Boris Johnson warned England that new Covid restrictions would come back in September even as most people reacted cautiously to the drop in pandemic curbs on so-called “Freedom Day” on Monday.
Speaking from his own self-isolation after a Cabinet colleague contracted the virus last week, Mr Johnson said proof of a double vaccine dose would be needed to enter crowded venues such as nightclubs when the cooler weather returned. For the most part, Mr Johnson said he hoped the path out of Covid-19 lockdown would remain irreversible.
Almost nine in 10 residents of the UK have received one dose and the timetable should see double vaccinations almost complete by the end of September. About 68 per cent of adults have now had two doses.
“I can serve notice now that by the end of September when all over 18s will have had their chance to be double jabbed, we're planning to make full vaccination the condition of entry to nightclubs and other venues where large crowds gather,” Johnson said. “Proof of a negative test will no longer be enough.”
In fact, England's grand reopening was greeted on Monday with caution and concern with most people planning to continue wearing masks as the Delta variant pushes much higher rates. Officials said they expect a peak of hospital admissions of about 1,000 patients a day in the current wave, well below the level that saw almost 40,000 patients being treated in hospitals in the last wave.
There are no more restrictions on social gatherings, masks are no longer a legal requirement, and nightclubs opened for the first time since March 2020.
Vaccinated people can travel to dozens more countries without having to isolate on their return, but not France, after it was struck off the list in a last-minute change on Friday.
Ministers are urging caution as they press ahead with the controversial unlocking despite infection rates climbing to all-time highs in about one in six areas of England, including almost all local authority areas in north-east England, close to a half in south-west England and nearly a third in Yorkshire and the Humber.
Vaccines Minister Nadhim Zahawi said the success of Britain's vaccination programme made it possible to press ahead but that people should act responsibly.
“We must not be complacent or take the freedoms of today for granted,” he said.
“As we move away from government diktat, we enter a new stage, a new phase, where our response to the virus is with an emphasis on personal responsibility and corporate responsibility.”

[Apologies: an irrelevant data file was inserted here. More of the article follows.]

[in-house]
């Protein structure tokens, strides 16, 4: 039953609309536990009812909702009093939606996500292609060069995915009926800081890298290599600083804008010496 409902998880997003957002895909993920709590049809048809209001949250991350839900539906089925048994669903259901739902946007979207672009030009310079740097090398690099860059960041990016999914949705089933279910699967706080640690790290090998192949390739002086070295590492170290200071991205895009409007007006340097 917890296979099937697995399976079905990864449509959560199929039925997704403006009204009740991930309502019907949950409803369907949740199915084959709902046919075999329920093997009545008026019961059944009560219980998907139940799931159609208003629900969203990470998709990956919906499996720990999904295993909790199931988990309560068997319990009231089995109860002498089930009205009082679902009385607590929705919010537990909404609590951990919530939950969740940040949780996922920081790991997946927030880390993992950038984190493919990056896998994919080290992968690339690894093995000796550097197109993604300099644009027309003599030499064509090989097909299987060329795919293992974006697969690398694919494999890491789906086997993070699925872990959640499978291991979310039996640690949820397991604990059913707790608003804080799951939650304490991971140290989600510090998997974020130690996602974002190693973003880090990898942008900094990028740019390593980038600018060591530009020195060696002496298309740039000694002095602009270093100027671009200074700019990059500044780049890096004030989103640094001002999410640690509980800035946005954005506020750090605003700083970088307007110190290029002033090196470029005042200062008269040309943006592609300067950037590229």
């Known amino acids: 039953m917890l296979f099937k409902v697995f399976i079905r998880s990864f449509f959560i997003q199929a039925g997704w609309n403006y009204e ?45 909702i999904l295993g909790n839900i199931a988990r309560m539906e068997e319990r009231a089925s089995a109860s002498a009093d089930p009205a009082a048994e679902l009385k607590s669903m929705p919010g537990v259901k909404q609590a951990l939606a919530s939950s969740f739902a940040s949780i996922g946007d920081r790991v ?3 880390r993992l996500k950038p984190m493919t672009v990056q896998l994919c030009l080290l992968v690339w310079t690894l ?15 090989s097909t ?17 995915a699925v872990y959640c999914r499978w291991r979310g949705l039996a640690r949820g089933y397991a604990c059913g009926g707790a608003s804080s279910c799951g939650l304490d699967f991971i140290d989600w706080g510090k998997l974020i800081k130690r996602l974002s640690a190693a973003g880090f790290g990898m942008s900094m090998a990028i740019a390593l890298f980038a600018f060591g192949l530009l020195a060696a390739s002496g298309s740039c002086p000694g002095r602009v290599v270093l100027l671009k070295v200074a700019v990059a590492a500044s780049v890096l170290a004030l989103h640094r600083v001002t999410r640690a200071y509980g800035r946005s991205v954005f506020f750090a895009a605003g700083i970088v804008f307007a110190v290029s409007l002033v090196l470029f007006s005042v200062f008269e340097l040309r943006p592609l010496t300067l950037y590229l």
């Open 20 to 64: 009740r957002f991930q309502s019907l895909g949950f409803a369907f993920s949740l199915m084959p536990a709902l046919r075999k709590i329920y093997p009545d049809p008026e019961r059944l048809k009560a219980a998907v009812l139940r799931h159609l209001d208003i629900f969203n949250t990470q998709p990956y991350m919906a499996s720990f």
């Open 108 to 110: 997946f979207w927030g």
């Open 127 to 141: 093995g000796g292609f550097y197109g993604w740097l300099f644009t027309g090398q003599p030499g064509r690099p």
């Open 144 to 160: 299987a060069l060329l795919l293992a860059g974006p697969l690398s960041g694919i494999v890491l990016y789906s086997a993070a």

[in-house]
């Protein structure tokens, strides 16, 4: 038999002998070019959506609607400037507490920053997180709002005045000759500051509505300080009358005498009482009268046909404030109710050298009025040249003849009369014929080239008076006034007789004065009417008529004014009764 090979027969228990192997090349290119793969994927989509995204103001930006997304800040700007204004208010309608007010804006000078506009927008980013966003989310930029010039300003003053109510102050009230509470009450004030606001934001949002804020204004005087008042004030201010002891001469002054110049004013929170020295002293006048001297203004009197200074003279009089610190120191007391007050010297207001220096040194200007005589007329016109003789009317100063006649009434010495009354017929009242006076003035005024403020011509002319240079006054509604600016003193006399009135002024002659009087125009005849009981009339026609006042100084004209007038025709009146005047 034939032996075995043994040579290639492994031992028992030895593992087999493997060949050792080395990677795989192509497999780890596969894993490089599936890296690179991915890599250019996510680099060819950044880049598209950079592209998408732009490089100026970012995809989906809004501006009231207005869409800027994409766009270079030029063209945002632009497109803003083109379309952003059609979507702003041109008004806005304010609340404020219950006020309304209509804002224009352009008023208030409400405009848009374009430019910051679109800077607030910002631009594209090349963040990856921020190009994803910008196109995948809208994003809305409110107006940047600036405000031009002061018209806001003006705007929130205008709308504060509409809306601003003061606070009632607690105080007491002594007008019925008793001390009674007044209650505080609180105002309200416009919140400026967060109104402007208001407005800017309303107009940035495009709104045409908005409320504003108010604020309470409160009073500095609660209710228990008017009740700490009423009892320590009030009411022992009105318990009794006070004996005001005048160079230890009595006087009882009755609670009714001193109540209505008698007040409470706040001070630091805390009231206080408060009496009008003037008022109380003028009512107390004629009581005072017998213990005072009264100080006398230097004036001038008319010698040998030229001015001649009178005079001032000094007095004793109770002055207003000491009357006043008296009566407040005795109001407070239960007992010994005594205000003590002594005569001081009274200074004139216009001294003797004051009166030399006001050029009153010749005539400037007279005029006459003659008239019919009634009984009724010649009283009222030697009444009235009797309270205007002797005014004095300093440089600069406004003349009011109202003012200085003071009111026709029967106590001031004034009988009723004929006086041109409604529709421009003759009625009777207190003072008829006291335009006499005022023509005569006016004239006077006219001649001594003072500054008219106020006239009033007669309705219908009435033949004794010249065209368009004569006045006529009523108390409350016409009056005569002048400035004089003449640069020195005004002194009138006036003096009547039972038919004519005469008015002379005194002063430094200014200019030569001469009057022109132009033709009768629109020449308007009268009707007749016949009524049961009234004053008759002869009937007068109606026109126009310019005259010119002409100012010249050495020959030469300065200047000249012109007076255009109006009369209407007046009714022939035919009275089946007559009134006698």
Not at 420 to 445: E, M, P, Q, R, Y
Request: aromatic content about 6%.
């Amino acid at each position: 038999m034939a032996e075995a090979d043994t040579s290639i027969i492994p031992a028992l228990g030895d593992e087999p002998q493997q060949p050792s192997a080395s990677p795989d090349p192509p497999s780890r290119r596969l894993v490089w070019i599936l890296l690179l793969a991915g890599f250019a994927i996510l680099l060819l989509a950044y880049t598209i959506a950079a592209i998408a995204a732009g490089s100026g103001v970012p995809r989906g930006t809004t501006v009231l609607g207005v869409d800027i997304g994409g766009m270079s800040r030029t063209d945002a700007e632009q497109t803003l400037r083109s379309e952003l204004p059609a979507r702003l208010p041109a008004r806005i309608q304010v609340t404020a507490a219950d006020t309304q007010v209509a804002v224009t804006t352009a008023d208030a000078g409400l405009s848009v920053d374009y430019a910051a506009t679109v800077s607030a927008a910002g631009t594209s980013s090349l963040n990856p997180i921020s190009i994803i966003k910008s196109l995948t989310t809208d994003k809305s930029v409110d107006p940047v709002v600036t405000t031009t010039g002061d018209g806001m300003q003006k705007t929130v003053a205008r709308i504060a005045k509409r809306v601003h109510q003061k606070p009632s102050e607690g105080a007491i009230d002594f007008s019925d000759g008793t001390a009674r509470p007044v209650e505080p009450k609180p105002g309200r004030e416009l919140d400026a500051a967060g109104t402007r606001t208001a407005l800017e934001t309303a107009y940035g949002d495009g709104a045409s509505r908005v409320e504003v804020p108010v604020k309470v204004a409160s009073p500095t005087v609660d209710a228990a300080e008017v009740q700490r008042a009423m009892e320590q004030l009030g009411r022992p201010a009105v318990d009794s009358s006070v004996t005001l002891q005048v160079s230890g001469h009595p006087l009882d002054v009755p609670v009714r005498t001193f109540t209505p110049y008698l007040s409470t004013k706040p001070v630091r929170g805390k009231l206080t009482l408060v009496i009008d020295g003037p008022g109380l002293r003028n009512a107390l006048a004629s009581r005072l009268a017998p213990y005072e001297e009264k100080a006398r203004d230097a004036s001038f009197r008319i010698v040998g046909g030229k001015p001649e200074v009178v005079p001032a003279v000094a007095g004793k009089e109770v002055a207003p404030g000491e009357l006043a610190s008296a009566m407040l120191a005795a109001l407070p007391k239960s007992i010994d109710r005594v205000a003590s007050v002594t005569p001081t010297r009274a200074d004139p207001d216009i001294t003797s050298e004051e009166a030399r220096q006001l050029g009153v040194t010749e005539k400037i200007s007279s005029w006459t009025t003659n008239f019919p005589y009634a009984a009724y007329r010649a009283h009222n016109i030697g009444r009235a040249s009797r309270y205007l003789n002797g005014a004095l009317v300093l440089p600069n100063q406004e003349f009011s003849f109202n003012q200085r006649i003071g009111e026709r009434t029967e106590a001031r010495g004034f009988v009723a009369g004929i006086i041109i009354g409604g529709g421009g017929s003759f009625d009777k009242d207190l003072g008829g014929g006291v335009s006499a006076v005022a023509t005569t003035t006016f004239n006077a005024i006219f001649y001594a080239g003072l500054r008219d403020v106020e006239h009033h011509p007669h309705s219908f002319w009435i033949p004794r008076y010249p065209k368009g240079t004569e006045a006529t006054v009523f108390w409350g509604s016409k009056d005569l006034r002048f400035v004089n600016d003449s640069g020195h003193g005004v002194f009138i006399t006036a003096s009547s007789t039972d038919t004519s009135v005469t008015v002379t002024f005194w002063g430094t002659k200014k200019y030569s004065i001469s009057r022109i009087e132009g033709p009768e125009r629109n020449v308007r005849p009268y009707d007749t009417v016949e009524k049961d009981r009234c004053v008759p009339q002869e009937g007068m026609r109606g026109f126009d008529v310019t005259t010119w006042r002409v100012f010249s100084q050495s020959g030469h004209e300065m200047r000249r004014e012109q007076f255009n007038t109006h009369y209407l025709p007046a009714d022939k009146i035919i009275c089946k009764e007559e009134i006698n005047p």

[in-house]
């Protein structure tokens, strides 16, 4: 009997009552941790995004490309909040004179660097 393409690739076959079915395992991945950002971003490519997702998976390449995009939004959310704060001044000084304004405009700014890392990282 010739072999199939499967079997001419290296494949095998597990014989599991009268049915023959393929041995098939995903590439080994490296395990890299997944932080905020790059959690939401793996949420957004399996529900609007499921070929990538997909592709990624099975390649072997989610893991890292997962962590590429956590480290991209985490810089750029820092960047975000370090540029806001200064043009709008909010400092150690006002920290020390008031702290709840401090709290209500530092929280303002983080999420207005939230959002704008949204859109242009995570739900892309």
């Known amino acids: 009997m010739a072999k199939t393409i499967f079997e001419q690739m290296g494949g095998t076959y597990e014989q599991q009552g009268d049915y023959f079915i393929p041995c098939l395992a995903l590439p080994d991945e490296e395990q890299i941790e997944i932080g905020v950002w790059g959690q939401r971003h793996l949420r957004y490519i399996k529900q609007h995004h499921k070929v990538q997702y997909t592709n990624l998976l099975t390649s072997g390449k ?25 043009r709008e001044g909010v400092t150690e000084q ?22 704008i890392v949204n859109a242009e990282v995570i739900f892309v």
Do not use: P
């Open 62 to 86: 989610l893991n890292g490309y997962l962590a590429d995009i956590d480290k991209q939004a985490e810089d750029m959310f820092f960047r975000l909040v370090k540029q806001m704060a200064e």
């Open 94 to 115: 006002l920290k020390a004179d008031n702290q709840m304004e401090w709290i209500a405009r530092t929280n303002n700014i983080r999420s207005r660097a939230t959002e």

Mr Johnson and Chancellor of the Exchequer Rishi Sunak were identified as contacts of Mr Javid by the National Health Service app which is forcing hundreds of thousands of people into isolation in a wave of alerts nicknamed the “pingdemic".
The controversy overshadowed Monday's lifting of restrictions, with Keir Starmer, the leader of the opposition Labour Party, accusing the government of presiding over “chaos, confusion and cronyism".
“With family events cancelled, businesses having to close, and workers going without pay, Johnson and Sunak's attempts to dodge isolation were crass and they were insensitive,” Mr Starmer said.
Mr Starmer said lifting all restrictions was reckless at a time when the Delta variant was out of control.
“Johnson's recklessness risks plunging us back into restrictions again,” he said. “Freedom Day is just the latest in a long list of slogans not backed up by policy.”
The government acknowledges that virus cases will continue to rise but says the vaccination programme has substantially weakened the link between infection, the need for hospital treatment and death.
Ministers are continuing to urge the use of masks in crowded places such as train carriages, even as the legal mandate is lifted, and are telling people not to delete the NHS app to avoid isolation.
All positive cases will still be legally required to isolate. Isolation for their close contacts will be eased on August 16, after which children and fully vaccinated people will become exempt.
Border controls will be maintained, including quarantine for all those travelling from a red list country and for unvaccinated people coming back from amber list countries.
Airlines including British Airways and Ryanair fell on the stock market on Monday amid concerns that new restrictions would hinder the industry’s rebound.
Michael O'Leary, the chief executive of Ryanair, said on Monday that he would turn off the NHS app because it was no longer necessary when most people are vaccinated.
“I would switch off the app, I don’t think it has any effect any more,” he told Sky News. “We are going to have to learn to live with Covid.”
Partygoers in London flocked to midnight events early on Monday to mark the return of clubs after the hospitality and entertainment industry was badly hit by the pandemic.
A group of anti-lockdown protesters turned out for a rally near the Houses of Parliament in London on Monday, with some chanting “freedom” and holding up anti-vaccination messages.
Prince Charles kicked off a three-day tour of the south west of England, appearing without a mask when speaking with choristers at Exeter Cathedral.
But a survey carried out by the Office of National Statistics suggests most people are planning to play it safe, with 64 per cent saying they will cover their faces in shops and on public transport.
More than half of those who were surveyed between July 7 and 11 said they were worried about plans to remove legal restrictions.
The lifting of restrictions was delayed by four weeks from June 21 to allow more people to be fully vaccinated.
Vaccines could soon be rolled out to children as health chiefs prepare to recommend shots for youngsters who are particularly vulnerable to Covid-19.
Data from Public Health England suggests that one dose of the Pfizer-BioNTech or Oxford-AstraZeneca vaccine is 80 per cent effective at protecting against the need for hospital treatment with the Delta variant.
That increases to 96 per cent after two doses.